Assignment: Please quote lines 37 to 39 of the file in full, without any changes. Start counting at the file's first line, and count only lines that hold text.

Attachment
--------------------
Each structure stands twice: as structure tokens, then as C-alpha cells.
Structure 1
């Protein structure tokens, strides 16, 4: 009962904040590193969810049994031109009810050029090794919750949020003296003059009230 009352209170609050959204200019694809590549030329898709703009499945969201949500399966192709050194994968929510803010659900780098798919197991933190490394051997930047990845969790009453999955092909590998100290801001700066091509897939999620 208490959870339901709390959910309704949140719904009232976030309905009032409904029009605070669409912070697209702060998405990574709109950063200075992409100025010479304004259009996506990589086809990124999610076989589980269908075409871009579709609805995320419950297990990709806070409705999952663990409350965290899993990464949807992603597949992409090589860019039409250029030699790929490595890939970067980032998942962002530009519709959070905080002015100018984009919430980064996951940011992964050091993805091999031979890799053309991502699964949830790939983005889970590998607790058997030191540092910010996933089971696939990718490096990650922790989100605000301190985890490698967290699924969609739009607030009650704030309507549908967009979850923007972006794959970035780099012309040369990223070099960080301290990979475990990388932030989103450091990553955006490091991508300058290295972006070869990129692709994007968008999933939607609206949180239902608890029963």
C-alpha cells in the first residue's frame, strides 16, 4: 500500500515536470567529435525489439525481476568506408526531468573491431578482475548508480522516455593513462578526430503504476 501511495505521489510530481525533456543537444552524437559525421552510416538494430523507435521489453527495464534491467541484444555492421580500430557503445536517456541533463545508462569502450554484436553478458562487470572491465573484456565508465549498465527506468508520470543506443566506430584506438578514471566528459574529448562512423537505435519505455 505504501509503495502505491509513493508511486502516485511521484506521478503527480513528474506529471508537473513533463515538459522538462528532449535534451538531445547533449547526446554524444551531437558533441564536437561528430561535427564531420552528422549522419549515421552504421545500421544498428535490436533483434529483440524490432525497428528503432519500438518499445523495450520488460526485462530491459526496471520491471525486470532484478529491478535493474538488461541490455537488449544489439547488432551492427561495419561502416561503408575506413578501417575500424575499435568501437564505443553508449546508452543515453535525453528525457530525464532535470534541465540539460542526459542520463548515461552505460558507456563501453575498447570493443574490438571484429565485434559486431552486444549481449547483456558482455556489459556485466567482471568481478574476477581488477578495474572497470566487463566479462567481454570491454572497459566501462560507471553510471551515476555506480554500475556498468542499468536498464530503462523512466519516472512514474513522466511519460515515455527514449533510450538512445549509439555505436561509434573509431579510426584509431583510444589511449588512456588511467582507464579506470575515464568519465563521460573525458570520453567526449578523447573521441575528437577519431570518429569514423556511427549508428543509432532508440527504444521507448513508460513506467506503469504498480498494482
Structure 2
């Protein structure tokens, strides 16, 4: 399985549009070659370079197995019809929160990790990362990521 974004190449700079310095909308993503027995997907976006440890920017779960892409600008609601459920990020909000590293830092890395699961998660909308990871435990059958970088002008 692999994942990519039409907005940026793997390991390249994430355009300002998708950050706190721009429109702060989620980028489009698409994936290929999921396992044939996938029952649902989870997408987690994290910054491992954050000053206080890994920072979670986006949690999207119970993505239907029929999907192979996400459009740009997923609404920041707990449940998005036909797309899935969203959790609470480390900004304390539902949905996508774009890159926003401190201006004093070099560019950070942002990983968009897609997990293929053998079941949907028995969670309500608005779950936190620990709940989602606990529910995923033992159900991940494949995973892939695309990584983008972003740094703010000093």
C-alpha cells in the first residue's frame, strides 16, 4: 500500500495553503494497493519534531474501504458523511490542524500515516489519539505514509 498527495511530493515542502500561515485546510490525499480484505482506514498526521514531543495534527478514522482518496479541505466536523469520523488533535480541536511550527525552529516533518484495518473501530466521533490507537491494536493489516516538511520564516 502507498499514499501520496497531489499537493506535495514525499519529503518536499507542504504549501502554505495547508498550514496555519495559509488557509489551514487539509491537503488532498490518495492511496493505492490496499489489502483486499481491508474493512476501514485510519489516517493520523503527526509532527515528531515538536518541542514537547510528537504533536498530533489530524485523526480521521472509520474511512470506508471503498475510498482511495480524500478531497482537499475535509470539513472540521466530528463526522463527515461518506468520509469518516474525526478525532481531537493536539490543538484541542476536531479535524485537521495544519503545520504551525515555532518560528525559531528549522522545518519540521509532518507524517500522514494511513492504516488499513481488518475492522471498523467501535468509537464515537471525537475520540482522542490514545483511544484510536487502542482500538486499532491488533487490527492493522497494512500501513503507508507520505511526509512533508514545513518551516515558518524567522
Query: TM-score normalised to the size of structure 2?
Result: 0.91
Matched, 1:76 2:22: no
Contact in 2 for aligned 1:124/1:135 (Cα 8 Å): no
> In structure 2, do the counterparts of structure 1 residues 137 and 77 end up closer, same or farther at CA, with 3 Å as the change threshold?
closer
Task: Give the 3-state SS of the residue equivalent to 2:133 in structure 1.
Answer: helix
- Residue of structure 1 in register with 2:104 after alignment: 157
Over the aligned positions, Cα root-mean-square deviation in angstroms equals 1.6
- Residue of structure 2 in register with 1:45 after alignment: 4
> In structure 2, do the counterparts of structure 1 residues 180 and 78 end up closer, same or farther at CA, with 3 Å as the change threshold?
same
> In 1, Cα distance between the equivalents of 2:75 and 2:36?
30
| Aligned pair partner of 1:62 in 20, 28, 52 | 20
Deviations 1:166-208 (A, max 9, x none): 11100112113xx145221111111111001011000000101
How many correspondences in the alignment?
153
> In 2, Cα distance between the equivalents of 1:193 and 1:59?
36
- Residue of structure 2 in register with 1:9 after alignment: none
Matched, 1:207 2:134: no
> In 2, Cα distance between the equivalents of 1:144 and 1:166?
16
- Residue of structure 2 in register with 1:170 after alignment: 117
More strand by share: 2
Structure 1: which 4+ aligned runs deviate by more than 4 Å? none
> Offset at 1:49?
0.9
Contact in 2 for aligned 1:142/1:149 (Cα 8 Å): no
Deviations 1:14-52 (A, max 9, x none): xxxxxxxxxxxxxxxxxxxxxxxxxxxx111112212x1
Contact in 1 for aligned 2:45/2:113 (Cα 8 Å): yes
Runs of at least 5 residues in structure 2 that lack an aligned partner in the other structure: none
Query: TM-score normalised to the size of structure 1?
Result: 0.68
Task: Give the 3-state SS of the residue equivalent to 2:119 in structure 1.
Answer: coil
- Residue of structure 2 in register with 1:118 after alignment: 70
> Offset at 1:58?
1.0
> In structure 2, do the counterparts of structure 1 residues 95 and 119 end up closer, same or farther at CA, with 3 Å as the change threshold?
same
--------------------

0.9
Contact in 2 for aligned 1:142/1:149 (Cα 8 Å): no
Deviations 1:14-52 (A, max 9, x none): xxxxxxxxxxxxxxxxxxxxxxxxxxxx111112212x1